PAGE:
“Daniel-san, must talk. Walk on road, hm? Walk left side, safe. Walk right side, safe. Walk middle, sooner or later get squish just like grape. Here, karate, same thing. Either you karate do ‘yes’ or karate do ‘no.’ You karate do ‘guess so,’ get squish just like grape. Understand?”
– Mr Miyagi
It’s a shame Nick Clegg is the UK’s classic example of a politician who breaks promises because his new stance on the drugs laws, reported here by The Guardian, should be applauded:
Divisions between David Cameron and Nick Clegg over Britain’s “war on drugs” emerged on Friday after the Liberal Democrat leader said that current policy was not working and accused politicians of “a conspiracy of sience”.
Committing his party to pledging a major review of how to tackle the drug problem in its 2015 election manifesto, Clegg claimed Britain was losing the war “on an industrial scale”. He said Cameron should have the courage to look at issues such as decriminalisation or legalisation of drugs.
A recent Disinfo article predicted this had all the hallmarks of becoming an election issue in the UK but unfortunately our Deputy PM’s party The Liberal Democrats aren’t popular enough to be make that so. It won’t just be paranoid pot smokers who don’t trust him either. For most people “committing” is not a trait associated with Clegg. I first heard the word “quisling” in relation to him, ironically before the election when his “centre left” party teamed up with the “right wing” Tories to form the current Government. His party will be irrelevant at the next election and simple demographics will sweep Labour to victory.
Publicly I’ve been advocating decriminalisation in the UK since at least as far back as 2002. On air I used the wise words of Mr Miyagi to illustrate the point. Our middle-of-the-road policy is incredibly dangerous. It’s depressing to be annually proven correct. A recent edition of The BBC’s ‘Question Time’ illustrated two alternative solutions to the so-called war on drugs. On one hand you had conservative commentator Peter Hitchens. His suggestion is to ‘actually make it a war’ as, according to him, decriminalisation has happened here in all but name. He argues we should lock people up for even the most minor infringements of the law. In that world even so much as a scratch of cannabis under your fingernails would get you hard jail time.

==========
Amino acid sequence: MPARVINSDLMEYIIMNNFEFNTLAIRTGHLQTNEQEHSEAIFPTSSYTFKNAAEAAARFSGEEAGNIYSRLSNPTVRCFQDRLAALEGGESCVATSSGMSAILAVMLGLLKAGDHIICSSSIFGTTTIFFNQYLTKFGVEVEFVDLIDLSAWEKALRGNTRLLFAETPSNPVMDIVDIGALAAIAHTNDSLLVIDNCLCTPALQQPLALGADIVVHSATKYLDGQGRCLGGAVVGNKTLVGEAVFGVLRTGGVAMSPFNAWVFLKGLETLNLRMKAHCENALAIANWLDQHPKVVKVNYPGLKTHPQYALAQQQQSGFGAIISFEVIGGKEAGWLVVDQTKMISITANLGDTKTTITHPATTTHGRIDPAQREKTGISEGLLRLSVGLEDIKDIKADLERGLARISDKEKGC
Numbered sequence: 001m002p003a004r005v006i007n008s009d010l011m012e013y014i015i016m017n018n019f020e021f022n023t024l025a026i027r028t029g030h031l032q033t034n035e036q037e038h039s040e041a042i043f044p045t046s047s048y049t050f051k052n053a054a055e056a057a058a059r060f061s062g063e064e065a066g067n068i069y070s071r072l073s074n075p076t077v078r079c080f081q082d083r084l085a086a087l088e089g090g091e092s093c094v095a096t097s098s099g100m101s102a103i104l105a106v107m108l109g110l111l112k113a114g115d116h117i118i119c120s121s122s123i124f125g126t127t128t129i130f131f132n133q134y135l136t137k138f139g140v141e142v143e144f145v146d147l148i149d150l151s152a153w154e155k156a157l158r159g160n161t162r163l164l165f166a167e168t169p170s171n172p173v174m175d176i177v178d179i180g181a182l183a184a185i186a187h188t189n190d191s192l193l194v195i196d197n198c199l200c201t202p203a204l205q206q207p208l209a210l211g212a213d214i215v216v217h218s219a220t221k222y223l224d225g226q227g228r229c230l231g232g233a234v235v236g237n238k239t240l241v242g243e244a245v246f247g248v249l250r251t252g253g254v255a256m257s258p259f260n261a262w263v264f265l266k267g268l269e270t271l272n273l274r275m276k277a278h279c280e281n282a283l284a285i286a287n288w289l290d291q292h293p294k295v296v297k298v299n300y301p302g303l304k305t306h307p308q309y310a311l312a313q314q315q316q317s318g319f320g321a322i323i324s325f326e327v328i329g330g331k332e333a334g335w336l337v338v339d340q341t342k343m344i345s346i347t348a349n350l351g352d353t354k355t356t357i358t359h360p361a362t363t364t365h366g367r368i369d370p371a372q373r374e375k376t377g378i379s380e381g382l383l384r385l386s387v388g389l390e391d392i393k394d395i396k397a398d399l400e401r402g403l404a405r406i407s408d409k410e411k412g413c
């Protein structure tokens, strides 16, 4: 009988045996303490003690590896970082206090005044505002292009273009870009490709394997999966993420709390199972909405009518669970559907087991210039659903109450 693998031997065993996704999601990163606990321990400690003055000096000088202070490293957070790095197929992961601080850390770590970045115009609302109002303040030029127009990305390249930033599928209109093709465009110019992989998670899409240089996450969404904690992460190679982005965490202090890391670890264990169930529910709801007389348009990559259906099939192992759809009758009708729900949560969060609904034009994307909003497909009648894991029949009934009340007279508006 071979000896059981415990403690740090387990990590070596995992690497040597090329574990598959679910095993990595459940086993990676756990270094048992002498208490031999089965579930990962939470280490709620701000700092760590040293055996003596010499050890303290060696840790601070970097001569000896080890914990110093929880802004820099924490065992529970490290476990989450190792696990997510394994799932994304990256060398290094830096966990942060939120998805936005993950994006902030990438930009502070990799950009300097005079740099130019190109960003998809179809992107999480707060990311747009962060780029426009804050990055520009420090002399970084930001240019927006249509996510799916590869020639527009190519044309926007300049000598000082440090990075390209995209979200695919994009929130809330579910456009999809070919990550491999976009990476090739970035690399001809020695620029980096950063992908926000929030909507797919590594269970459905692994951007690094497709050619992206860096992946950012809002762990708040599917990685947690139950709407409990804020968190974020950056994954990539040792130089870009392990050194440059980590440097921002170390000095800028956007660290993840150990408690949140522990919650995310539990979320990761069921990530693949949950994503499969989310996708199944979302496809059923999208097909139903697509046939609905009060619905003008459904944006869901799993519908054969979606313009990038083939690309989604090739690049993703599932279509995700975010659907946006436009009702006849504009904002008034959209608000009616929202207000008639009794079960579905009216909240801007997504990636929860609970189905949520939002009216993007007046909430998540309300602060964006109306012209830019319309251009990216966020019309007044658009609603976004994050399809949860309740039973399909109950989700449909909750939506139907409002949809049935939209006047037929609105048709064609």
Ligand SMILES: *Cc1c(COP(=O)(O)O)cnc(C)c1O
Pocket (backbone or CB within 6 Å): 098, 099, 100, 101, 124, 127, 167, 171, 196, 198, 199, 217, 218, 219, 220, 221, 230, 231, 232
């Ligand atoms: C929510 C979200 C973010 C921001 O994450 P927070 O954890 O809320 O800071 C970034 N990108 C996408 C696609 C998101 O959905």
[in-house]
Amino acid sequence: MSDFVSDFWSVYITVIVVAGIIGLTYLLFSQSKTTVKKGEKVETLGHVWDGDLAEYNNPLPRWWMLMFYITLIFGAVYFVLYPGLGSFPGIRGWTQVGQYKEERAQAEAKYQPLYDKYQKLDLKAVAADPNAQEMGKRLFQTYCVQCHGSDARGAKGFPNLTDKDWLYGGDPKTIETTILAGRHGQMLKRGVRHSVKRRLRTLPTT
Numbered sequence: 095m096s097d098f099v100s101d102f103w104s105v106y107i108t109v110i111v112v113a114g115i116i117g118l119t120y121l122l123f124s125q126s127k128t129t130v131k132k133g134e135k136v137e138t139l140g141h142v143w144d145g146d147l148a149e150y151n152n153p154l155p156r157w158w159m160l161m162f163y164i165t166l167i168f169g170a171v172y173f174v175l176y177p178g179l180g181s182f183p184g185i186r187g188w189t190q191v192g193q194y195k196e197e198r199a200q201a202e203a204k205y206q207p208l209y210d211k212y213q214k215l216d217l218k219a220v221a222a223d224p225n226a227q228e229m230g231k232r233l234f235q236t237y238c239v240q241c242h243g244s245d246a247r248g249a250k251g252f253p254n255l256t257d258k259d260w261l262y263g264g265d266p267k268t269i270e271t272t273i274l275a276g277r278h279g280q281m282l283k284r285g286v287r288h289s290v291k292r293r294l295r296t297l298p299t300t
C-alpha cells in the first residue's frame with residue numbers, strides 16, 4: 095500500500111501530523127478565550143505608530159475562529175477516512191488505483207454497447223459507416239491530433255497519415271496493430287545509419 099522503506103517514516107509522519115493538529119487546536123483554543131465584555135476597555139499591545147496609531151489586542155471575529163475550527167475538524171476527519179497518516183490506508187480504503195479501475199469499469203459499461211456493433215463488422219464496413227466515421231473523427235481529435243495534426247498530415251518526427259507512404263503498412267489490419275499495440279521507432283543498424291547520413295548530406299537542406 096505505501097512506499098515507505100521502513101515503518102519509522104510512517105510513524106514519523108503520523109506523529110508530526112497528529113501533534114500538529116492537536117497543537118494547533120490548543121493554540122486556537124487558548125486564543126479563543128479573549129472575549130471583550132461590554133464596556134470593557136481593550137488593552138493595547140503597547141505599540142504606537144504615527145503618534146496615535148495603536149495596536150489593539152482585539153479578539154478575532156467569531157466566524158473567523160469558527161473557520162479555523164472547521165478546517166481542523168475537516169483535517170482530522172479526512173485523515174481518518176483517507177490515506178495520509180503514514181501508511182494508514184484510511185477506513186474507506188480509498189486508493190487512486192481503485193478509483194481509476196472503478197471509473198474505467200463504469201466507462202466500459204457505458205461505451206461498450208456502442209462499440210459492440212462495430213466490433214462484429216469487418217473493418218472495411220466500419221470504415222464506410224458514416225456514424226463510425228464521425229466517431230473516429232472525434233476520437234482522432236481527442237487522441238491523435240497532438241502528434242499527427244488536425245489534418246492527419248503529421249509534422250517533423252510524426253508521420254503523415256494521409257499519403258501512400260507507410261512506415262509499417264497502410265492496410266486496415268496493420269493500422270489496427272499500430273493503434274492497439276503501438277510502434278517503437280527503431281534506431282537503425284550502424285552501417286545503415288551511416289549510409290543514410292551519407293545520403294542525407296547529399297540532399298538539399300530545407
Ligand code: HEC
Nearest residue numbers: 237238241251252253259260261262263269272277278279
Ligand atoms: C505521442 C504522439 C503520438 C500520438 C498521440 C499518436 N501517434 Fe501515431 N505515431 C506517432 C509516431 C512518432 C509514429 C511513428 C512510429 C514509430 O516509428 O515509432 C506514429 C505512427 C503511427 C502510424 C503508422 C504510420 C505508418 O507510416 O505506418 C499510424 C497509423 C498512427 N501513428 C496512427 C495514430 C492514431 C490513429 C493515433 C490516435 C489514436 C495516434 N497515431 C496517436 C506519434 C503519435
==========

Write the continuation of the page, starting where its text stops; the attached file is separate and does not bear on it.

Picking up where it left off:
In pre-austerity Britain I used to find it tricky to argue against this logic. “Lefty” opinionator Will Self attempted to nail the opposing point of view but his words were, I think, discredited by his widely-known drug problems, which he felt the need to reference. Most Disinfonaughts know the truth is that this issue isn’t about “liking drugs” it is about “funding criminals”. I don’t like dangerous extreme sports but I’ve no desire for our Government to attempt to ban them. Nowadays it’s time to admit, like America is doing, that we no longer have the money to pander to such subjective moralistic whims as the drug laws. Unfortunately I doubt that will come in the UK now and, over the next few years, this problem will continue to become more and more damaging for our wider society as criminals inevitably become proportionately richer than us.
Personally I believe the UK’s riots in 2011 were mainly carried out by “street gangs” and, as one of the journalists credited with first reporting the story, I feel qualified to comment. At the time it was obvious social media was being used by loosely organised groups to encourage people towards certain areas. Such low level petty crime outfits are almost entirley funded by the £billions made in the illegal drugs market, particularly from so-called soft drugs. In my opinion not tackling this problem puts more riots into the UK’s future as we walk on down the middle of Mr Miyagi’s metaphorical road. Next time though the rioters will be more aware of their combined strength and I don’t doubt our politicians will be on holiday again.
If not in actuality then certainly metaphorically.
 This article has been re-written after it originally appeared on my personal blog for a UK readership. A little explanation on this point; Clegg famously promised to scrap Higher Education “tuition fees” then admitted he’d misled people once in power. Politically this will ruin him once the national elections take place.
 Tory supporters are outnumbered by Labour supporters who, over the years, have generally had more children. I don’t vote for any political party. None of them impress me and I’m not inclined to, as most people do so by voting “for the lesser evil”. I do not want to support evil, thanks.
 When law and order collapsed in most of the major cities in the UK during the summer of 2011 it was a notable co-incidence that almost all our top politicians were on holiday.